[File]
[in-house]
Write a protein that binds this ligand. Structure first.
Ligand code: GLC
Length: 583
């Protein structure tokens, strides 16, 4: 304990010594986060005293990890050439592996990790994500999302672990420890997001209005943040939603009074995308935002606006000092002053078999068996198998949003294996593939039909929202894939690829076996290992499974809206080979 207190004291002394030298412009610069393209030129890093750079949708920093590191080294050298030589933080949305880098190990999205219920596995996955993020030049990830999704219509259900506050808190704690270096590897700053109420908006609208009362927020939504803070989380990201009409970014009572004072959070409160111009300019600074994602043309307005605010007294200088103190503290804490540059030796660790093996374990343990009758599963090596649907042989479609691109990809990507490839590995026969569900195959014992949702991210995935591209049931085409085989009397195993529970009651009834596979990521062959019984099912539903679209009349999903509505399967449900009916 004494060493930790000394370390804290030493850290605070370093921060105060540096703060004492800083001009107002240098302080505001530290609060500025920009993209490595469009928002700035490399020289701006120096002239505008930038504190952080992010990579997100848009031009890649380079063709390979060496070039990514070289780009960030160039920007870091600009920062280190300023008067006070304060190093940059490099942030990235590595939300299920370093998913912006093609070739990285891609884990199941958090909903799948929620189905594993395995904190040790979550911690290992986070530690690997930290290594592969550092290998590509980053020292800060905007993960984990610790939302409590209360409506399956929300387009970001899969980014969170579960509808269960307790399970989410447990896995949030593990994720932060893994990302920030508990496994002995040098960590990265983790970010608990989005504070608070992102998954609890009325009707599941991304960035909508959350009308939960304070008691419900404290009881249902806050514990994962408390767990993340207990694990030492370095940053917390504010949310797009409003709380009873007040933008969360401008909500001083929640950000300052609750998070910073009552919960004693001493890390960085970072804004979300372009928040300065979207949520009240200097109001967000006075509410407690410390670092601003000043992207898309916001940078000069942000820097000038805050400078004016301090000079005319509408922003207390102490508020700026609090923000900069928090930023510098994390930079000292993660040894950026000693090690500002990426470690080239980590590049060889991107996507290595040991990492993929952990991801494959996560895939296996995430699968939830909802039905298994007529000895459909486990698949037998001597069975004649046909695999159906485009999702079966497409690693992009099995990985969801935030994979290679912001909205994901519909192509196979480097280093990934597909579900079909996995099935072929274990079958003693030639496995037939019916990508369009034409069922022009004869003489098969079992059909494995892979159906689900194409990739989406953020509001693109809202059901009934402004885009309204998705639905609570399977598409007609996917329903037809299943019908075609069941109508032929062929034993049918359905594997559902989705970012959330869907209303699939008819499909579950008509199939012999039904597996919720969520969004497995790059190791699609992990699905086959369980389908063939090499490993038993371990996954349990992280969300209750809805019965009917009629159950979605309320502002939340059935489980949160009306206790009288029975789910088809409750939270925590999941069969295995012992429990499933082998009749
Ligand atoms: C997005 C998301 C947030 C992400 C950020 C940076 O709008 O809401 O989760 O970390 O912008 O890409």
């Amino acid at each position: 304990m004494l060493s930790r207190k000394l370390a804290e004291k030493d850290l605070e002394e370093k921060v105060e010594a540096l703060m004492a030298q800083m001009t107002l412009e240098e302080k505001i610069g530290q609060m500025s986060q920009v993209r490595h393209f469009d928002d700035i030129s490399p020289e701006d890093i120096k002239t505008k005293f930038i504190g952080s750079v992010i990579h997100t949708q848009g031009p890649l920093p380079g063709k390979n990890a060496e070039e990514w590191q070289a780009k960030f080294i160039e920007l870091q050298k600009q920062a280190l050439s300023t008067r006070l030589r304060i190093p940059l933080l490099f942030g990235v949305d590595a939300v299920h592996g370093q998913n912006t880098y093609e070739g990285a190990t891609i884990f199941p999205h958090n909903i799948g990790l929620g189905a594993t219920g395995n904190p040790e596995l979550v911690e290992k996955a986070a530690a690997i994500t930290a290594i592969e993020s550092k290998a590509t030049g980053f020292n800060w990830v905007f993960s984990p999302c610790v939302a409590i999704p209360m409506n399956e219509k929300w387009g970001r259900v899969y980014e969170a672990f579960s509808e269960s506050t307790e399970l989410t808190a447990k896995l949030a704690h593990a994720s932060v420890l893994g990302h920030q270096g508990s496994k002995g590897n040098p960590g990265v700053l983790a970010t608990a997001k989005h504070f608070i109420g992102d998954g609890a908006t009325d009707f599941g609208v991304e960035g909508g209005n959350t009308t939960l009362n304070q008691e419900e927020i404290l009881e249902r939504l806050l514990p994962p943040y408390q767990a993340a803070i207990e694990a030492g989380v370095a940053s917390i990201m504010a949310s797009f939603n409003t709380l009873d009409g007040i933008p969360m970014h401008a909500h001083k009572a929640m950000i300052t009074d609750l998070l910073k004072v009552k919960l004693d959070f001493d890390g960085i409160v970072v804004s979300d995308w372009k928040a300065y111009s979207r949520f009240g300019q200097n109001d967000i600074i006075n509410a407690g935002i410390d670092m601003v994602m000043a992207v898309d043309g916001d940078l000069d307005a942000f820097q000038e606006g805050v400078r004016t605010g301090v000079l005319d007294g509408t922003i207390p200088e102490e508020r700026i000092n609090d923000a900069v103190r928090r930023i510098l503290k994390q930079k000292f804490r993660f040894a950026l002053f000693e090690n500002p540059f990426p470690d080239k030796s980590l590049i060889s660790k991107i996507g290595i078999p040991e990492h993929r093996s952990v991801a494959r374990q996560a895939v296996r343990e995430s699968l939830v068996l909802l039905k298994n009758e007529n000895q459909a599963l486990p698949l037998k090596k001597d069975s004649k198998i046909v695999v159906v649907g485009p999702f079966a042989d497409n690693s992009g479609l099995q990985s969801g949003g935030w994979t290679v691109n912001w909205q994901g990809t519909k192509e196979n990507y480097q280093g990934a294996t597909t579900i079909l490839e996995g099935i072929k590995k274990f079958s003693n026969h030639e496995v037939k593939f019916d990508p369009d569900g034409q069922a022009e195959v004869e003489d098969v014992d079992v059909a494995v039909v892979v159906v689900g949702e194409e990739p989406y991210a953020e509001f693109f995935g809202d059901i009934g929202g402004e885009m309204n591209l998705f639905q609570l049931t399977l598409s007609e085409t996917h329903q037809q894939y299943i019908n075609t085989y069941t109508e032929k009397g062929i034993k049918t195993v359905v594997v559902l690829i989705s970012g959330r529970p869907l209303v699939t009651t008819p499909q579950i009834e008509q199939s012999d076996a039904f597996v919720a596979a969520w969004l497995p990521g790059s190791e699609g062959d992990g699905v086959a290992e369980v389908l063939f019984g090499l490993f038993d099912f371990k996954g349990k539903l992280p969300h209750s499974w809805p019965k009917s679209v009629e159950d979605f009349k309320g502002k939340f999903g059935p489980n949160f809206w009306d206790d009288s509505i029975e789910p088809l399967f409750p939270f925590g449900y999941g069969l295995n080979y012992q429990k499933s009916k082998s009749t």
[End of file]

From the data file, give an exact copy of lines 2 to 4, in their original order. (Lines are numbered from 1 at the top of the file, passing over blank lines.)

Write a protein that binds this ligand. Structure first.
Ligand code: GLC
Length: 583